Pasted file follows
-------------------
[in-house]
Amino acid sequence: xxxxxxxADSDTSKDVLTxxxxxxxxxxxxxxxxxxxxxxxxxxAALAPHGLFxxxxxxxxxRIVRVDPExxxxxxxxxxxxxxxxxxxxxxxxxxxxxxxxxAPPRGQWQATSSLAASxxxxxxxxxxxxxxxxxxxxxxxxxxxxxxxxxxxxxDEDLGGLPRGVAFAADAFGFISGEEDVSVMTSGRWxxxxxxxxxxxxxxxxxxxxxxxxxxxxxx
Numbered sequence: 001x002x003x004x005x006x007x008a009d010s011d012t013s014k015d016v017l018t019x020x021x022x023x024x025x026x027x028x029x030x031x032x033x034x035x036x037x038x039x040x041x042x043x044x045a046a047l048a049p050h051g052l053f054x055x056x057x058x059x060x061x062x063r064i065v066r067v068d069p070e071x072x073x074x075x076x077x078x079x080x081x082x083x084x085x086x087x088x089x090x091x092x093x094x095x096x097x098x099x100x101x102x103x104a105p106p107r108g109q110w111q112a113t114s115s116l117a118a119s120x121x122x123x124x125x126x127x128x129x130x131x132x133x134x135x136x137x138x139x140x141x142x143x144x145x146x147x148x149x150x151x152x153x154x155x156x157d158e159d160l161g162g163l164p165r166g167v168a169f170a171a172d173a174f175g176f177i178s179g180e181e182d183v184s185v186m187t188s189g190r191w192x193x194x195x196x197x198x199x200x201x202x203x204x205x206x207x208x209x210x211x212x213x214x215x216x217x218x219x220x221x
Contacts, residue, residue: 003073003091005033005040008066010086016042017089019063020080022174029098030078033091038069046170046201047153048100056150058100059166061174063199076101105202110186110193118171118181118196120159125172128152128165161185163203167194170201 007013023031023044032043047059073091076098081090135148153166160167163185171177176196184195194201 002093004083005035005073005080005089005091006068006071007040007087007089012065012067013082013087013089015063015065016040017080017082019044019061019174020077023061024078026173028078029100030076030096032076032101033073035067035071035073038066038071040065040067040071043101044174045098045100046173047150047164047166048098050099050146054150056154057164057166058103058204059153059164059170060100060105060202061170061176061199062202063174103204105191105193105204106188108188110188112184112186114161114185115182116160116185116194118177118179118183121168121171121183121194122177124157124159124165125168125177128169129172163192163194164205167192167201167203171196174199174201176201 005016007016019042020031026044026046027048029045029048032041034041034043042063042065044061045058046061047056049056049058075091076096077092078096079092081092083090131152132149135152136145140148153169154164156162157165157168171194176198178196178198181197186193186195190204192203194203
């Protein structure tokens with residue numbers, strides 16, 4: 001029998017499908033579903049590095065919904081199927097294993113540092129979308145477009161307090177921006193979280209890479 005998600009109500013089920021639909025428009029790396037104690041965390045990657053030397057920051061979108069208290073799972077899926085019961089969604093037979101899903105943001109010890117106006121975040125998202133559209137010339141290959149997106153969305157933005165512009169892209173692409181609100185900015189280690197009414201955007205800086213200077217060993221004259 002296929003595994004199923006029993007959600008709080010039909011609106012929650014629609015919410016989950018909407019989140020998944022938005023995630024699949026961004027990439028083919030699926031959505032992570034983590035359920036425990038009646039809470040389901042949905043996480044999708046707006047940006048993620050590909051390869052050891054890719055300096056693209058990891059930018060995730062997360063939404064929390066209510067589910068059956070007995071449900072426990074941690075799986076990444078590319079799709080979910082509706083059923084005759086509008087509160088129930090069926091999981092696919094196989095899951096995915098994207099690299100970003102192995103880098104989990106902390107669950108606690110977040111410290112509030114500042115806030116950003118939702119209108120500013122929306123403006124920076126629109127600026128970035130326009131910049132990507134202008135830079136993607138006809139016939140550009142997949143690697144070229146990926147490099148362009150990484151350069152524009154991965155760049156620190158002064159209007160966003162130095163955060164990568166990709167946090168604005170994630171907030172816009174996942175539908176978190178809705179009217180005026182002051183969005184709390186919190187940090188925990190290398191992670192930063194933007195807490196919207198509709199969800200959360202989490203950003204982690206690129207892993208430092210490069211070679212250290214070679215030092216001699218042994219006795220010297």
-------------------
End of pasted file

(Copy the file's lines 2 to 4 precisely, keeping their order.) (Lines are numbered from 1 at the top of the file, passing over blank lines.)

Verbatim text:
Amino acid sequence: xxxxxxxADSDTSKDVLTxxxxxxxxxxxxxxxxxxxxxxxxxxAALAPHGLFxxxxxxxxxRIVRVDPExxxxxxxxxxxxxxxxxxxxxxxxxxxxxxxxxAPPRGQWQATSSLAASxxxxxxxxxxxxxxxxxxxxxxxxxxxxxxxxxxxxxDEDLGGLPRGVAFAADAFGFISGEEDVSVMTSGRWxxxxxxxxxxxxxxxxxxxxxxxxxxxxxx
Numbered sequence: 001x002x003x004x005x006x007x008a009d010s011d012t013s014k015d016v017l018t019x020x021x022x023x024x025x026x027x028x029x030x031x032x033x034x035x036x037x038x039x040x041x042x043x044x045a046a047l048a049p050h051g052l053f054x055x056x057x058x059x060x061x062x063r064i065v066r067v068d069p070e071x072x073x074x075x076x077x078x079x080x081x082x083x084x085x086x087x088x089x090x091x092x093x094x095x096x097x098x099x100x101x102x103x104a105p106p107r108g109q110w111q112a113t114s115s116l117a118a119s120x121x122x123x124x125x126x127x128x129x130x131x132x133x134x135x136x137x138x139x140x141x142x143x144x145x146x147x148x149x150x151x152x153x154x155x156x157d158e159d160l161g162g163l164p165r166g167v168a169f170a171a172d173a174f175g176f177i178s179g180e181e182d183v184s185v186m187t188s189g190r191w192x193x194x195x196x197x198x199x200x201x202x203x204x205x206x207x208x209x210x211x212x213x214x215x216x217x218x219x220x221x
Contacts, residue, residue: 003073003091005033005040008066010086016042017089019063020080022174029098030078033091038069046170046201047153048100056150058100059166061174063199076101105202110186110193118171118181118196120159125172128152128165161185163203167194170201 007013023031023044032043047059073091076098081090135148153166160167163185171177176196184195194201 002093004083005035005073005080005089005091006068006071007040007087007089012065012067013082013087013089015063015065016040017080017082019044019061019174020077023061024078026173028078029100030076030096032076032101033073035067035071035073038066038071040065040067040071043101044174045098045100046173047150047164047166048098050099050146054150056154057164057166058103058204059153059164059170060100060105060202061170061176061199062202063174103204105191105193105204106188108188110188112184112186114161114185115182116160116185116194118177118179118183121168121171121183121194122177124157124159124165125168125177128169129172163192163194164205167192167201167203171196174199174201176201 005016007016019042020031026044026046027048029045029048032041034041034043042063042065044061045058046061047056049056049058075091076096077092078096079092081092083090131152132149135152136145140148153169154164156162157165157168171194176198178196178198181197186193186195190204192203194203